Retirement! That very word is likely to bring a smile on everyone's face. The image of driving around in a golf cart or vacationing in some island comes to mind along with that radiant smile. Great authors like Chuck Carnevale and Regarded Solutions have written plenty about retirement here on Seeking Alpha.
However, as the comments section of a recent retirement article suggests, most investors are still ignoring two key pieces of the answer to the question "How much is enough"?. The following points dominate any discussion about retirement:
- You need a million dollars.
- Your retirement should not reduce your standard of living. If it does, you are better off working.
- Your retirement income should keep up with inflation.
- Keep up with the 4% rule.
So, what are the missing pieces? Expenses and the value/true meaning of retirement. And, just for the record, we do not agree with anything except point 3 in the "rules" mentioned above. Why? Because everything else depends on the never-ending contest between wants and needs. On the other hand, point 3 is valid for almost everyone because if living cost keeps increasing, purchasing power dwindles. Let us look at the other three points below:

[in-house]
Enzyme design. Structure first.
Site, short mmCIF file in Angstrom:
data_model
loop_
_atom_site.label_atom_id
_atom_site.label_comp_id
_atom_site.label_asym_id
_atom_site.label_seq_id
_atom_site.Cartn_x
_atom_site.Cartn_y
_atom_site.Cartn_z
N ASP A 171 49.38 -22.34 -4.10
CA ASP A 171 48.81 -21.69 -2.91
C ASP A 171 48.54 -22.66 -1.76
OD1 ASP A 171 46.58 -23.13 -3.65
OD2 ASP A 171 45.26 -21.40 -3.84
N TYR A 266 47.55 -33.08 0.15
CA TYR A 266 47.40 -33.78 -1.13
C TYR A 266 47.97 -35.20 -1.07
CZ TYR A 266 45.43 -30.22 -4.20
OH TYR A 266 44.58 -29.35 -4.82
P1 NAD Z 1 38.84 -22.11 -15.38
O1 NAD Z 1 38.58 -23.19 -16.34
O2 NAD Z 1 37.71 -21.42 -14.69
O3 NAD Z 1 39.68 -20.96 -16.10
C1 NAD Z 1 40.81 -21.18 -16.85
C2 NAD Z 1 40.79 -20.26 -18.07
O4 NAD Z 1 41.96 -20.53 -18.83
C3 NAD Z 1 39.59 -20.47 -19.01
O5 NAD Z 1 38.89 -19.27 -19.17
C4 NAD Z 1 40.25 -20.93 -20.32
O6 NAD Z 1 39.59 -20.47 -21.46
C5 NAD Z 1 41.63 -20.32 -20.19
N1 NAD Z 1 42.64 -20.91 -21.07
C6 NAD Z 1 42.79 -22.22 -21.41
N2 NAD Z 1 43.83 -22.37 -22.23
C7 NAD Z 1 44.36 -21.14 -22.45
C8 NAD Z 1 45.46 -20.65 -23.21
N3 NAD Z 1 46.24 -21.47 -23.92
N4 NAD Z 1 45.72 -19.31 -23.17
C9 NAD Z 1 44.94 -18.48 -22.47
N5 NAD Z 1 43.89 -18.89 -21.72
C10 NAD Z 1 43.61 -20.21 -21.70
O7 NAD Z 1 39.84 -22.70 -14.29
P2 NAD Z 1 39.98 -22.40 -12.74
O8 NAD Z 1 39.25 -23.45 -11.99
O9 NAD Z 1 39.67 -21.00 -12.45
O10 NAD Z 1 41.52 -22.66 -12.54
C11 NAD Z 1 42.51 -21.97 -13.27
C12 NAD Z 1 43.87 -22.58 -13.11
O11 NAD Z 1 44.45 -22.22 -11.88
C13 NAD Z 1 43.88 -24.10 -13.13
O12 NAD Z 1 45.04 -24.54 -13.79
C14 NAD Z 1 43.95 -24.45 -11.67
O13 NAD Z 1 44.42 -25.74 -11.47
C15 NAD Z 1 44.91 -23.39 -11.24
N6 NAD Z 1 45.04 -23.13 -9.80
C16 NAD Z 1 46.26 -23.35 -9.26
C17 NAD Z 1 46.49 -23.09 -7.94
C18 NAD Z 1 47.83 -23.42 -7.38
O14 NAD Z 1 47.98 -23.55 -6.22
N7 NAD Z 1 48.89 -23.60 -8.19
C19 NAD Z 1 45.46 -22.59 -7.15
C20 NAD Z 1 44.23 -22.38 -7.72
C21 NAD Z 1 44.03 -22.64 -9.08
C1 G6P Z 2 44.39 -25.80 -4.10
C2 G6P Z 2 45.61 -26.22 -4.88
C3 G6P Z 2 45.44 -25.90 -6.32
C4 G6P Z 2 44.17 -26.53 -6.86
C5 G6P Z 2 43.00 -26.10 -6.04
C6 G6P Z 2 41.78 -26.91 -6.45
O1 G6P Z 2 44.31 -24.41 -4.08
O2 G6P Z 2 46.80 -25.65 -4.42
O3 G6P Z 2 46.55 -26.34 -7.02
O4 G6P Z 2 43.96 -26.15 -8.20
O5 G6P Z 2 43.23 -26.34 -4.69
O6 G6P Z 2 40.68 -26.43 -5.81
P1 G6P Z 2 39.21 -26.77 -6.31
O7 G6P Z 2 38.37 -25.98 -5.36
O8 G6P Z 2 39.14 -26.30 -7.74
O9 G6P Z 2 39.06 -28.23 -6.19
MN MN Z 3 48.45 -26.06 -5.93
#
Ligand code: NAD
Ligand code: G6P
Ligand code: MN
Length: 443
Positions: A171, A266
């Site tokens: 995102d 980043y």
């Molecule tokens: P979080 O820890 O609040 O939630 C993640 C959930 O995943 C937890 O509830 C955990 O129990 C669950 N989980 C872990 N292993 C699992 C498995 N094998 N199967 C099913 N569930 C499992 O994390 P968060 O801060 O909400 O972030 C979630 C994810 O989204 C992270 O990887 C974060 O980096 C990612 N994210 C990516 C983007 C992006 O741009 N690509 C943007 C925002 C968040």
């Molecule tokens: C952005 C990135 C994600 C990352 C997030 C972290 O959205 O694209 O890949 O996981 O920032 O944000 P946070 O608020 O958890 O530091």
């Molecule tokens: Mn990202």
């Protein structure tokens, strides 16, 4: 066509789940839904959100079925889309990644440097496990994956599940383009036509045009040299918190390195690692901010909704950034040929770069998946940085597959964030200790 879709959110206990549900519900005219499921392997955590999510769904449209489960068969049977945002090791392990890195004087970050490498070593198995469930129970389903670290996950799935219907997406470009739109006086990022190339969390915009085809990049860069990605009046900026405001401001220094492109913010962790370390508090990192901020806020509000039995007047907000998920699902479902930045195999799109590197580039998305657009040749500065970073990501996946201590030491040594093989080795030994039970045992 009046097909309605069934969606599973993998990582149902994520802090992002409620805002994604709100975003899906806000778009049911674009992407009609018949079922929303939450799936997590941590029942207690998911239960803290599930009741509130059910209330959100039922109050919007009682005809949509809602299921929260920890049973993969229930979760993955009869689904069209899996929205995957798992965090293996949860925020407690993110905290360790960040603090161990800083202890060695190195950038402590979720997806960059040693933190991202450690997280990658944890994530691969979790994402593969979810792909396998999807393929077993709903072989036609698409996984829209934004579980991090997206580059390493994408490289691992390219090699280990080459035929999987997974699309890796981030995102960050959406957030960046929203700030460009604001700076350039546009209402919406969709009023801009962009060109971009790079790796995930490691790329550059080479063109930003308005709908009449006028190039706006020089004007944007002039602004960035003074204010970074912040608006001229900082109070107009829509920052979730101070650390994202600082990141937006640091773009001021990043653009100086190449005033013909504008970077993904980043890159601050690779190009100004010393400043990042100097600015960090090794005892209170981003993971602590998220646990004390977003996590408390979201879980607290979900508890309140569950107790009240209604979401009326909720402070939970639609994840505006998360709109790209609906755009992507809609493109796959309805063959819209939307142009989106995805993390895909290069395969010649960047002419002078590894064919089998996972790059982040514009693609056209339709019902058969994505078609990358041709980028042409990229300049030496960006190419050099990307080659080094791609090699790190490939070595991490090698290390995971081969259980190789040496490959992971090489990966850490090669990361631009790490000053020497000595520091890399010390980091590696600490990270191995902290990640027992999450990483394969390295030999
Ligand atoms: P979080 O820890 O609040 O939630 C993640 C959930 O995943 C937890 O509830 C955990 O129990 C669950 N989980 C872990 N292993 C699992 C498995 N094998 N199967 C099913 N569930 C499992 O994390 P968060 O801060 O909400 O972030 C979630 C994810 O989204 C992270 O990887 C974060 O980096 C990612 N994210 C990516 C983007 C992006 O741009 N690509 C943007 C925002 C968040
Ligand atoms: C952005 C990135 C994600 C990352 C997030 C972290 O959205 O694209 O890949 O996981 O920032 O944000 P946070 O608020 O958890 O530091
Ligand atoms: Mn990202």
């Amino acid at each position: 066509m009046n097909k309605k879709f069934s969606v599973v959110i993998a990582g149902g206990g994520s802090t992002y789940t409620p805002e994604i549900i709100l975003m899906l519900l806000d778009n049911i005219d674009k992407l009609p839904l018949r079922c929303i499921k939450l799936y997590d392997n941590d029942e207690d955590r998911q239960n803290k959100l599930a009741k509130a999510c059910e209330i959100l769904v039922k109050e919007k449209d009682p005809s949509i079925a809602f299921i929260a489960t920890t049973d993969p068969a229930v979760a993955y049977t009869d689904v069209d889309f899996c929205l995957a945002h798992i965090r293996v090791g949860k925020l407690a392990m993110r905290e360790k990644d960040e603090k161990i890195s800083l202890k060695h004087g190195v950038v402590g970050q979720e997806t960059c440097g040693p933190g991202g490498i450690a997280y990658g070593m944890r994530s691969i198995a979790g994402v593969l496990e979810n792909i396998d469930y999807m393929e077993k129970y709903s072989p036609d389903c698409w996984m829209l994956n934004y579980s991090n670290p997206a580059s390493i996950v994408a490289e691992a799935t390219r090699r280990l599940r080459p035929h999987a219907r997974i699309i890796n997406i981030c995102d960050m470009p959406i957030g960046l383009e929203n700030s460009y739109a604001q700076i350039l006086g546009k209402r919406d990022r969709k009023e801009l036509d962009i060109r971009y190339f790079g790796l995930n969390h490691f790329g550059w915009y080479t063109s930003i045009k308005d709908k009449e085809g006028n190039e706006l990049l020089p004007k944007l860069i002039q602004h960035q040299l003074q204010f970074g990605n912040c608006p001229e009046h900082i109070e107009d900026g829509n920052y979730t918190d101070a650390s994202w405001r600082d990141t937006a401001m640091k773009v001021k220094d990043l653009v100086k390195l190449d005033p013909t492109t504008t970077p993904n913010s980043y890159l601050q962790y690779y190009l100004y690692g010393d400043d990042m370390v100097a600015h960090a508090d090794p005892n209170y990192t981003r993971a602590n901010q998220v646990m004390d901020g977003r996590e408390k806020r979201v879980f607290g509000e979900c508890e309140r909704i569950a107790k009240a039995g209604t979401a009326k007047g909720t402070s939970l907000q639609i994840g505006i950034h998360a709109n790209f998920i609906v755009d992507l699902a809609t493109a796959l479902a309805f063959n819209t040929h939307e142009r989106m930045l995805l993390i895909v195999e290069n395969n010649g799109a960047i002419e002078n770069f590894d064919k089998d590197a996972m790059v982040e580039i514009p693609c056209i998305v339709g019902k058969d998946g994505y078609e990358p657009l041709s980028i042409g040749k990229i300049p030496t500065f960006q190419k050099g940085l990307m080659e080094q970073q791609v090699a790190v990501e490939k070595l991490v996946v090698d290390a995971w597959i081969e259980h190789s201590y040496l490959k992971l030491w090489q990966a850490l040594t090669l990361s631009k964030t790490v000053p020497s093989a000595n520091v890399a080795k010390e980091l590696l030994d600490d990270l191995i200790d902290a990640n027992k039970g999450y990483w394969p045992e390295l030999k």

Standard of living: How does one define that? Should one drive the same expensive car during retirement as one did during his/her working days? Is cutting down from a luxury car to say a Honda Civic considered a slash in the standard of living? Should one work an extra year or seek extra income to maintain that? Not in our books. Or does one still need to wear the costly Armani suits even if one is not working to prove there is no reduction in the standard of living? This section is likely to irk some as not everyone is talking about these items when it comes to standard of living but the point is, retirement does come in with added benefits of slashing down your standard of living aka expenses.